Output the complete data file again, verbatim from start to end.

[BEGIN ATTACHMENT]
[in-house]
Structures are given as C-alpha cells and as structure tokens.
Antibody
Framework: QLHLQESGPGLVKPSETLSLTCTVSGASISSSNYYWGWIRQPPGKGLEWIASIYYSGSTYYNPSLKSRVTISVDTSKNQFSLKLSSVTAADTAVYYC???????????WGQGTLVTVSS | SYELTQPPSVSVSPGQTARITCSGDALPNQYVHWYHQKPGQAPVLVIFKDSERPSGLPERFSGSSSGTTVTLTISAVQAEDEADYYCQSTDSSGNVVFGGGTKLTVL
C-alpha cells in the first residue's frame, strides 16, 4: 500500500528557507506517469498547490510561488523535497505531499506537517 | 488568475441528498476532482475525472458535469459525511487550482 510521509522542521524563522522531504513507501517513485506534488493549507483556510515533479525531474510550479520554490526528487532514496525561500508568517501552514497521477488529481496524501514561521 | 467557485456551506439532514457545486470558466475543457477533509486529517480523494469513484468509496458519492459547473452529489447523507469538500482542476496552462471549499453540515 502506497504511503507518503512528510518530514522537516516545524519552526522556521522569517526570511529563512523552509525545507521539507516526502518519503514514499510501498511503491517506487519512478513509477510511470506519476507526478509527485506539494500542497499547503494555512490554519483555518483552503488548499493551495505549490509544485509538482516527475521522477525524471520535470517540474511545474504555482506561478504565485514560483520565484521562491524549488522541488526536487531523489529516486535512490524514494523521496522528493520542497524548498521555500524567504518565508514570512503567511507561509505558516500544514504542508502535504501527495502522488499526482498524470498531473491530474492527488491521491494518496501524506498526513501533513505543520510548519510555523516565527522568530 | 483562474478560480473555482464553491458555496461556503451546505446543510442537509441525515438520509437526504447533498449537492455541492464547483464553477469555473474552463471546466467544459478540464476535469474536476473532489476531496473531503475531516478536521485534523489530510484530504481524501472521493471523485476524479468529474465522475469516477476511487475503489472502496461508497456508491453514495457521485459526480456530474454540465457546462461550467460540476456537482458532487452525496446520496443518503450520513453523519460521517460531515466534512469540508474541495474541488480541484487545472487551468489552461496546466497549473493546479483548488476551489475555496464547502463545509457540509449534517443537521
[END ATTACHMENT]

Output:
[in-house]
Structures are given as C-alpha cells and as structure tokens.
Antibody
Framework: QLHLQESGPGLVKPSETLSLTCTVSGASISSSNYYWGWIRQPPGKGLEWIASIYYSGSTYYNPSLKSRVTISVDTSKNQFSLKLSSVTAADTAVYYC???????????WGQGTLVTVSS | SYELTQPPSVSVSPGQTARITCSGDALPNQYVHWYHQKPGQAPVLVIFKDSERPSGLPERFSGSSSGTTVTLTISAVQAEDEADYYCQSTDSSGNVVFGGGTKLTVL
C-alpha cells in the first residue's frame, strides 16, 4: 500500500528557507506517469498547490510561488523535497505531499506537517 | 488568475441528498476532482475525472458535469459525511487550482 510521509522542521524563522522531504513507501517513485506534488493549507483556510515533479525531474510550479520554490526528487532514496525561500508568517501552514497521477488529481496524501514561521 | 467557485456551506439532514457545486470558466475543457477533509486529517480523494469513484468509496458519492459547473452529489447523507469538500482542476496552462471549499453540515 502506497504511503507518503512528510518530514522537516516545524519552526522556521522569517526570511529563512523552509525545507521539507516526502518519503514514499510501498511503491517506487519512478513509477510511470506519476507526478509527485506539494500542497499547503494555512490554519483555518483552503488548499493551495505549490509544485509538482516527475521522477525524471520535470517540474511545474504555482506561478504565485514560483520565484521562491524549488522541488526536487531523489529516486535512490524514494523521496522528493520542497524548498521555500524567504518565508514570512503567511507561509505558516500544514504542508502535504501527495502522488499526482498524470498531473491530474492527488491521491494518496501524506498526513501533513505543520510548519510555523516565527522568530 | 483562474478560480473555482464553491458555496461556503451546505446543510442537509441525515438520509437526504447533498449537492455541492464547483464553477469555473474552463471546466467544459478540464476535469474536476473532489476531496473531503475531516478536521485534523489530510484530504481524501472521493471523485476524479468529474465522475469516477476511487475503489472502496461508497456508491453514495457521485459526480456530474454540465457546462461550467460540476456537482458532487452525496446520496443518503450520513453523519460521517460531515466534512469540508474541495474541488480541484487545472487551468489552461496546466497549473493546479483548488476551489475555496464547502463545509457540509449534517443537521